Lifestyle Risk Factors
Lifestyle factors can cause and contribute to hypertension.
Obesity or excess weight - More weight equates to more pressure on the heart and vascular system to get blood pumped to excess fatty tissue. Also, excess fatty tissue gives water more areas to deposit, putting increased pressure on the vascular system.
Smoking - Among the leading contributors to hypertension, smoking causes narrowing of the blood vessels, as well as atherosclerosis and hardening of the arteries. Smoking also decreases nitric oxide production further exacerbating poor circulation. In addition, tobacco smoke damages the most important life giving cells in the body; the endothelial lining of the artery.
Diet – Chemical Salt is a well-recognized contributor to high blood pressure. For some, a low chemical salt diet can have a substantial impact on blood pressure, while for others, lower salt intake on blood pressure is minimal.
Stress - Anxiety and stress affects blood pressure. The body releases epinephrine, norepinephrine, and cortisol, hormones which cause narrowing of the blood vessels, in response to stress. Constant narrowing and fluctuations in blood vessel diameter affects hypertension over time.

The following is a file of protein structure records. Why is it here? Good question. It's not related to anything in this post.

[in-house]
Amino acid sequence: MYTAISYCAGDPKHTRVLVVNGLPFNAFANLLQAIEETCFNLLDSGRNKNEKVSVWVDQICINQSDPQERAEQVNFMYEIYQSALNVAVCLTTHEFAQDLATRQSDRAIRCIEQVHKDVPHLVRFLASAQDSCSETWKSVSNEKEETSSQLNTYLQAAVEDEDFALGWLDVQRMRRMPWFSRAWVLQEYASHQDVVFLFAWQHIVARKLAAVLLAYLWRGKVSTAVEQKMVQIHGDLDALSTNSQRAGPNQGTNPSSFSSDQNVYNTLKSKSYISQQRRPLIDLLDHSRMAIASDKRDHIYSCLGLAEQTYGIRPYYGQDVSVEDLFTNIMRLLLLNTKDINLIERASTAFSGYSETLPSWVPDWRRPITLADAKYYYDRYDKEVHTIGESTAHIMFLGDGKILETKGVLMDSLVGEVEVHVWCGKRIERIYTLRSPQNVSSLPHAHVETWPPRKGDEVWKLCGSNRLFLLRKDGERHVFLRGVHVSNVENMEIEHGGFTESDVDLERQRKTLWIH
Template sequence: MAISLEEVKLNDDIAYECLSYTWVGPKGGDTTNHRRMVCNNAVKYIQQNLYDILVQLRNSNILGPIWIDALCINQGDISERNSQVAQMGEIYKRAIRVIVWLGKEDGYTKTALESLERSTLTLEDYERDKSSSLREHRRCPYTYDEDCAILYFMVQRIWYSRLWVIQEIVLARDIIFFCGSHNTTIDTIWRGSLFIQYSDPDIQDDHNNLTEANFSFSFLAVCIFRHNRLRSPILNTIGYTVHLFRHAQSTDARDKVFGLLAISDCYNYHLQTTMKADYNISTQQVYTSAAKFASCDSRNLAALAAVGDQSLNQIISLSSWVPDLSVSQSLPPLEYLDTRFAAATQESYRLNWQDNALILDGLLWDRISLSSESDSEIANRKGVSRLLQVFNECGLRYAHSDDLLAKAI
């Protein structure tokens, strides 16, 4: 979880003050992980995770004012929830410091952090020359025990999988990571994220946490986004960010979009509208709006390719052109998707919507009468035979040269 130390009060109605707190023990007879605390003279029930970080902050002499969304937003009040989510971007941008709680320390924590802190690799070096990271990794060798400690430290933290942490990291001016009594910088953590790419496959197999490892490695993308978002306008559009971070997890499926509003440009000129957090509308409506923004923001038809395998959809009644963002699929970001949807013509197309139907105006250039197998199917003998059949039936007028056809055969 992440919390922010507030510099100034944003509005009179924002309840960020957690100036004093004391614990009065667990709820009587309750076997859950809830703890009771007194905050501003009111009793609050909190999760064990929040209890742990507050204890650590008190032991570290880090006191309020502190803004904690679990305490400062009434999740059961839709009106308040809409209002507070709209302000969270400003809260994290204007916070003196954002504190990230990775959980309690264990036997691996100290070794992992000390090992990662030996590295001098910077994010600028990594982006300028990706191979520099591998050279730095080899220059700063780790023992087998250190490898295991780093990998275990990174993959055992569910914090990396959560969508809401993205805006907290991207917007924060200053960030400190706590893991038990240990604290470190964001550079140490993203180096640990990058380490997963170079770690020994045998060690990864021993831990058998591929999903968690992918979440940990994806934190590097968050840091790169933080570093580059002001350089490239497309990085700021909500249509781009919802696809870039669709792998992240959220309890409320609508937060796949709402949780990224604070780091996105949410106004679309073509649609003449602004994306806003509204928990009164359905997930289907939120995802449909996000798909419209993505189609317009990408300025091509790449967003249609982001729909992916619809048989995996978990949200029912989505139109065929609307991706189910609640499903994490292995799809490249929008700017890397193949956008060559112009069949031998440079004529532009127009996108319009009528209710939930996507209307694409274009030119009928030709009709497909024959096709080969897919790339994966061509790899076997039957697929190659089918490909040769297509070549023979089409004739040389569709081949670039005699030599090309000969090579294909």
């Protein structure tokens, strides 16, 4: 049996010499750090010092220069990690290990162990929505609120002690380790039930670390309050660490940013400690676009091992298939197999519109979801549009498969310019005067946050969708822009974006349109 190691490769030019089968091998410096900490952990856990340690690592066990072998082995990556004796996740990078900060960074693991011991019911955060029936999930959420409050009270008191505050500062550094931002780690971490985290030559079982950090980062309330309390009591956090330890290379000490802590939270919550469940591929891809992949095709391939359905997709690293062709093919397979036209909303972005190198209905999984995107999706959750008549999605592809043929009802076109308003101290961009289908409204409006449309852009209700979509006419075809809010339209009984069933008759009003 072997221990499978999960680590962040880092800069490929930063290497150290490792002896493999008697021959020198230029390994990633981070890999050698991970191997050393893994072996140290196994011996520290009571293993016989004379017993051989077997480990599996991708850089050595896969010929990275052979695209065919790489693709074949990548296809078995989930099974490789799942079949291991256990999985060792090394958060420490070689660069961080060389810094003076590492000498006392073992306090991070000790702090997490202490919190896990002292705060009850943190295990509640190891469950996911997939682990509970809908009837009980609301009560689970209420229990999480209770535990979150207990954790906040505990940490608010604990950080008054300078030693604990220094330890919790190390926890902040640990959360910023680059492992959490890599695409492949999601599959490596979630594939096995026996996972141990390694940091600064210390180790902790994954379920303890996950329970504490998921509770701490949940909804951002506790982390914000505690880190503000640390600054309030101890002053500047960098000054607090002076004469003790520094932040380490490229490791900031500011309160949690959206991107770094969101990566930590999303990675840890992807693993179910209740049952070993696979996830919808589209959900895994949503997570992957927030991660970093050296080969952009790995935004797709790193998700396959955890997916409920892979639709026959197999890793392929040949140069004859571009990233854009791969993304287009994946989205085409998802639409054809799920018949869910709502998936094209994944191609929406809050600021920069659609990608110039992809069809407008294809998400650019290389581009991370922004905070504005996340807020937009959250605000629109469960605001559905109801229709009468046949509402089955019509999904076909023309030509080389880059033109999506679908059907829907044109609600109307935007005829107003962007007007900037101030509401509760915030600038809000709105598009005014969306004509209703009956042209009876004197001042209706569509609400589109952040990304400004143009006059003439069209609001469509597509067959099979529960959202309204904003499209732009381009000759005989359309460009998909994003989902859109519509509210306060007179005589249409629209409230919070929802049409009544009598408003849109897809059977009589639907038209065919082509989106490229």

Sedentary Lifestyle - Physical activity helps to stabilize hormone response and weight both of which are important to regulating blood pressure. Lack of exercise contributes to hypertension
Alcohol - Chronic, excessive alcohol use is associated with hypertension. Excessive alcohol consumption also leads to chronic dehydration. Dehydration forces your body to gradually and systematically shut down some of its capillary beds. When these capillary beds shut down, it increases the pressure in the rest of your capillaries and arteries—elevating your blood pressure